I’ve been a shameless Gwyneth fan since forever, so it comes as no surprise that I love her Goop Podcast. I know that some find her aspirational lifestyle off-putting and out of touch, but as someone who really appreciates the finer things in life I can’t afford, I can get into her recommendations and suggestions about how to live a simpler, elegant life. If there’s one episode that you need to listen to, it’s her first episode with Oprah. It’s beyond good and she gets Oprah to ponder things and answer questions that she never has answered. It’s a Goop thing.
I feel a little late getting on the Jen Gotch train, but I’m so glad that I’m on now. Part self-help, part business advice, part mental health advocate, and always funny, Jen Gotch is the bomb.com. Her open struggles with mental health are raw and honest. She really takes you there, but in a way that makes you feel optimistic. As a creative business owner, I’ve had my share of dark days, and though I’ve never been diagnosed with any mental disorder, I can completely relate to the anxiety and feeling of not belonging. I think a lot of people can. Make sure you stick around for the aftershow at the end of the podcast. It’s the icing on the cake.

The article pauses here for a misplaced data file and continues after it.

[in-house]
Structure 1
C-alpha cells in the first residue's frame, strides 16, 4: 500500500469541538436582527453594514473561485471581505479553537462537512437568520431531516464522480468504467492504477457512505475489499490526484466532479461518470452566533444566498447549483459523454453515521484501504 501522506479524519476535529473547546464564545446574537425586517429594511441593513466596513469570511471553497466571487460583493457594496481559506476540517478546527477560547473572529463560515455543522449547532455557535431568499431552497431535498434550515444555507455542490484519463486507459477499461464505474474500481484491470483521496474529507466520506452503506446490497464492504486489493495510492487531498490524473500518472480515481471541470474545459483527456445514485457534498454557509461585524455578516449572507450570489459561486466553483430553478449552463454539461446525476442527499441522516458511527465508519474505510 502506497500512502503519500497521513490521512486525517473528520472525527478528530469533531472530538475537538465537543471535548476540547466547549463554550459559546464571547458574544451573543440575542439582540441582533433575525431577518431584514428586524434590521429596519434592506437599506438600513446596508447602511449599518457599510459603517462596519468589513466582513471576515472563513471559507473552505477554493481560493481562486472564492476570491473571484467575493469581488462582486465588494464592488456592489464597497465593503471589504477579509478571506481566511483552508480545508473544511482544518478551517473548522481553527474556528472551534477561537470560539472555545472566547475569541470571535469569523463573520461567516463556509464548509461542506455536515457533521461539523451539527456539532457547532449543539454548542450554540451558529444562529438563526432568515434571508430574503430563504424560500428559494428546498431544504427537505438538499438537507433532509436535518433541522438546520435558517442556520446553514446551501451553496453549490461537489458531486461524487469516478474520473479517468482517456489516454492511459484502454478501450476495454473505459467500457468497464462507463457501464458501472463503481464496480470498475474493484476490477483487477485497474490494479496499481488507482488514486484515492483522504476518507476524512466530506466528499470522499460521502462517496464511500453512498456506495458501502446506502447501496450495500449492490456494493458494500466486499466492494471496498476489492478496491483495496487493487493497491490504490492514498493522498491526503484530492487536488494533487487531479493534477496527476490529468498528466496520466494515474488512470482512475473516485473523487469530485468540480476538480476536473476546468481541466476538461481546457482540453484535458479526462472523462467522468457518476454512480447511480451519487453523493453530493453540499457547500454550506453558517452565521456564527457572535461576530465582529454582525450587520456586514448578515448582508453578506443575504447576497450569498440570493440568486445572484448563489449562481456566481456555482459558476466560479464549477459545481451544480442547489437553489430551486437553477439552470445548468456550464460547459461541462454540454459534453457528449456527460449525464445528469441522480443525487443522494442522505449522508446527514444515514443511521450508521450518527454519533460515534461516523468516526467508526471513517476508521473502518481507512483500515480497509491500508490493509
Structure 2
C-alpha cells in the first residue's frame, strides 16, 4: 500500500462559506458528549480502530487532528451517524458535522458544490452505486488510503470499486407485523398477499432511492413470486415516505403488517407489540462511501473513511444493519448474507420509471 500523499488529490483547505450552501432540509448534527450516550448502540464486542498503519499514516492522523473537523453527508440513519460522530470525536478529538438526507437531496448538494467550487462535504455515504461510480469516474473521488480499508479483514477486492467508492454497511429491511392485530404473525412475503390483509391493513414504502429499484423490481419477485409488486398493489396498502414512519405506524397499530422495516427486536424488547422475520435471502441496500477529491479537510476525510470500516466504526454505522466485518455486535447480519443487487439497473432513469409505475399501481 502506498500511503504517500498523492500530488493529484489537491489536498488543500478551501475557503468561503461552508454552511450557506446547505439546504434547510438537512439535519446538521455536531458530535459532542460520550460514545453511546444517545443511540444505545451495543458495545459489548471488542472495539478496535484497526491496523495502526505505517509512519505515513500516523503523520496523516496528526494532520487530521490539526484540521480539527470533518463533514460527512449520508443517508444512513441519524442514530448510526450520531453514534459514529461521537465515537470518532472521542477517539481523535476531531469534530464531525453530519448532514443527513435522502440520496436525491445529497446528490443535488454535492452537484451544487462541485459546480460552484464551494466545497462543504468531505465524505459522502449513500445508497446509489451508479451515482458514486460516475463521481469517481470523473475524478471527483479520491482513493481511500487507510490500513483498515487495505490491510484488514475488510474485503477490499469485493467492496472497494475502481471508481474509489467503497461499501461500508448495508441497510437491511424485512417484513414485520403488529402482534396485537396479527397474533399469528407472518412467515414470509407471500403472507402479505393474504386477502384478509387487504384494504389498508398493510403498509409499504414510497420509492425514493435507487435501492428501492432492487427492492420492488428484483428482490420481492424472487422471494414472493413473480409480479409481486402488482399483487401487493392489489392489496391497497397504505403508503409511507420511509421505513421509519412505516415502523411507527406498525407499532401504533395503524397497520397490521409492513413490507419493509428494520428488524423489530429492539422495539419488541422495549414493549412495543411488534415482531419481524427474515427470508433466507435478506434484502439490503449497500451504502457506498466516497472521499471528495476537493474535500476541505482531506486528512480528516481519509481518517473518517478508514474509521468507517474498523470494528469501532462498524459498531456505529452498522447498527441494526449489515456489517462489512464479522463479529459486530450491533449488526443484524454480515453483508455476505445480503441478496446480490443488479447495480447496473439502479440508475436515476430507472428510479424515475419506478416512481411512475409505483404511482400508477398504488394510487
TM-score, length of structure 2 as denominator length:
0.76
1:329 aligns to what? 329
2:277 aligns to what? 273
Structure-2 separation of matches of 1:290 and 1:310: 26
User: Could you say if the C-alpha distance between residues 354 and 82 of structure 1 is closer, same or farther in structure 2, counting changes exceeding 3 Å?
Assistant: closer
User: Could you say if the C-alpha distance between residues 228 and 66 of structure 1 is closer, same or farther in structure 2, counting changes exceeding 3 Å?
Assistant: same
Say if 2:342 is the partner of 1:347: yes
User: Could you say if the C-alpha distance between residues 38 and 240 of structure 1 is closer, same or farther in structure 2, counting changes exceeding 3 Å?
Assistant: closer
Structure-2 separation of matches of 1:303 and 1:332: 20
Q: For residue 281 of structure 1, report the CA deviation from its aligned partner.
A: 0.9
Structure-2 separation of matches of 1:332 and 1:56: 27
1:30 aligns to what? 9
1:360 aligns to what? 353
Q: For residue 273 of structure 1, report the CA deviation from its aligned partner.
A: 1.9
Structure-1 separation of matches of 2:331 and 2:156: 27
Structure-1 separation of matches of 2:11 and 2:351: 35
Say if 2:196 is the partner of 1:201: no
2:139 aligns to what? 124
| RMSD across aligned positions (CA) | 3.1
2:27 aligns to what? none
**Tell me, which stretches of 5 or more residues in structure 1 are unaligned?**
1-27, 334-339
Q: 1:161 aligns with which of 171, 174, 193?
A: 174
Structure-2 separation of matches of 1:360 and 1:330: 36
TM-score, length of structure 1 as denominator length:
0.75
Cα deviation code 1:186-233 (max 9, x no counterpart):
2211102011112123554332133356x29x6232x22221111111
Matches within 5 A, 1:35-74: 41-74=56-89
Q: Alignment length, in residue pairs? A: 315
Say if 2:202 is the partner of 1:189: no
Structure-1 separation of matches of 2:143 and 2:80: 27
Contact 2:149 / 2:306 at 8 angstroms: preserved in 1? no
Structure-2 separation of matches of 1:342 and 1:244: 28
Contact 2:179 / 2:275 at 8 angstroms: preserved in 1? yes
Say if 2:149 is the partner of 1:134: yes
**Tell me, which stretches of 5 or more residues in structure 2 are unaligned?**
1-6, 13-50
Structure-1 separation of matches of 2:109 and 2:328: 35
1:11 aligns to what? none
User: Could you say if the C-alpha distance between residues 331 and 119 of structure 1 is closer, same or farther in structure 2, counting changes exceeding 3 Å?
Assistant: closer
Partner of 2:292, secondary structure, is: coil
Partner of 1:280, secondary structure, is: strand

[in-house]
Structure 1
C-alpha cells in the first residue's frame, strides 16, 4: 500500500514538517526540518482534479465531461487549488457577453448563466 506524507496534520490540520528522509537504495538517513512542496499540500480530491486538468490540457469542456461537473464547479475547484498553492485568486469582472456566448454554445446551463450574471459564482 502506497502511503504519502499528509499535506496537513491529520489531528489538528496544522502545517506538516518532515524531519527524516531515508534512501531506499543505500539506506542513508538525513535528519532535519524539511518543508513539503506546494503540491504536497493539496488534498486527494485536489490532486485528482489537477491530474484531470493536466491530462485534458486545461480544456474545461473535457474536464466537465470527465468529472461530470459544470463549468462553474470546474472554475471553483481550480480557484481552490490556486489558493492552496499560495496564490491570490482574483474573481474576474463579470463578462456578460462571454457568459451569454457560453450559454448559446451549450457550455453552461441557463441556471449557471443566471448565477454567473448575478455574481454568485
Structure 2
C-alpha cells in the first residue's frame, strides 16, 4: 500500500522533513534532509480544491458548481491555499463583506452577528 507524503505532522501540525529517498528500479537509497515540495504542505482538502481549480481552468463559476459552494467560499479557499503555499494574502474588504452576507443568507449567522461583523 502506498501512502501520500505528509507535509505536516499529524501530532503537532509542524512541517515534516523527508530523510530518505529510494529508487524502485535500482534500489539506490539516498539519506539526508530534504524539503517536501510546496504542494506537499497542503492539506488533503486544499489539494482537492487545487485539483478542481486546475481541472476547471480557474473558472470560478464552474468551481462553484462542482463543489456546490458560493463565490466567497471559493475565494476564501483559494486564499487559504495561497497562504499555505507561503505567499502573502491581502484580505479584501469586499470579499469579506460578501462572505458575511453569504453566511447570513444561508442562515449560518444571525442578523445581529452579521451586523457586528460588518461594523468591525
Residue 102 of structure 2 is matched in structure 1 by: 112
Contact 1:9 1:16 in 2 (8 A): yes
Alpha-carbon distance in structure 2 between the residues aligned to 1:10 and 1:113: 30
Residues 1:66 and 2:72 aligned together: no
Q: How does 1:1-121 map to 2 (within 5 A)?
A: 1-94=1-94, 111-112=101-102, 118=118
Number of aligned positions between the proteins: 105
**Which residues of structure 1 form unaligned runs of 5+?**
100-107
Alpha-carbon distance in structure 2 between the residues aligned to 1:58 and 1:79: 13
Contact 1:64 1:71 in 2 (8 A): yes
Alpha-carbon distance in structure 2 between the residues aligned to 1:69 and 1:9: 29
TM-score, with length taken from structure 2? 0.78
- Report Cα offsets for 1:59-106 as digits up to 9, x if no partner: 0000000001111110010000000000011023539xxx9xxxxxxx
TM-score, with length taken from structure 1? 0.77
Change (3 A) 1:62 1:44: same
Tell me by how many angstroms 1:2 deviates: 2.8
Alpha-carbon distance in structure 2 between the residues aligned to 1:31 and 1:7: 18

As a self-proclaimed NPR nerd, my ALL TIME favorite NPR show is Fresh Air. It’s been on for decades and it’s as relevant today as it’s ever been. Terry Gross has a way with an interview like no other. Being interviewed by her is pretty close to if not at the top of my bucket list. The range of topics is always diverse. What’s amazing is that even if it’s a topic to which I’m apathetic or completely uninterested, she can manage to make me completely enthralled. That’s a rare gift. I hope that she continues for decades to come.
My relationship with the news and politics is love/hate. Without being political about it, the current state of our country is pretty messed up, no matter what side of the aisle you fall. The NPR Politics Podcast gives insight into current political events with well researched takes on the topics of the day. They usually do two episodes a week but will add more as needed on a busy political week. The episodes are as long or as short as they need to be depending on the topic. It’s a great way to get informed without subjecting yourself to hours of mind-numbing cable news.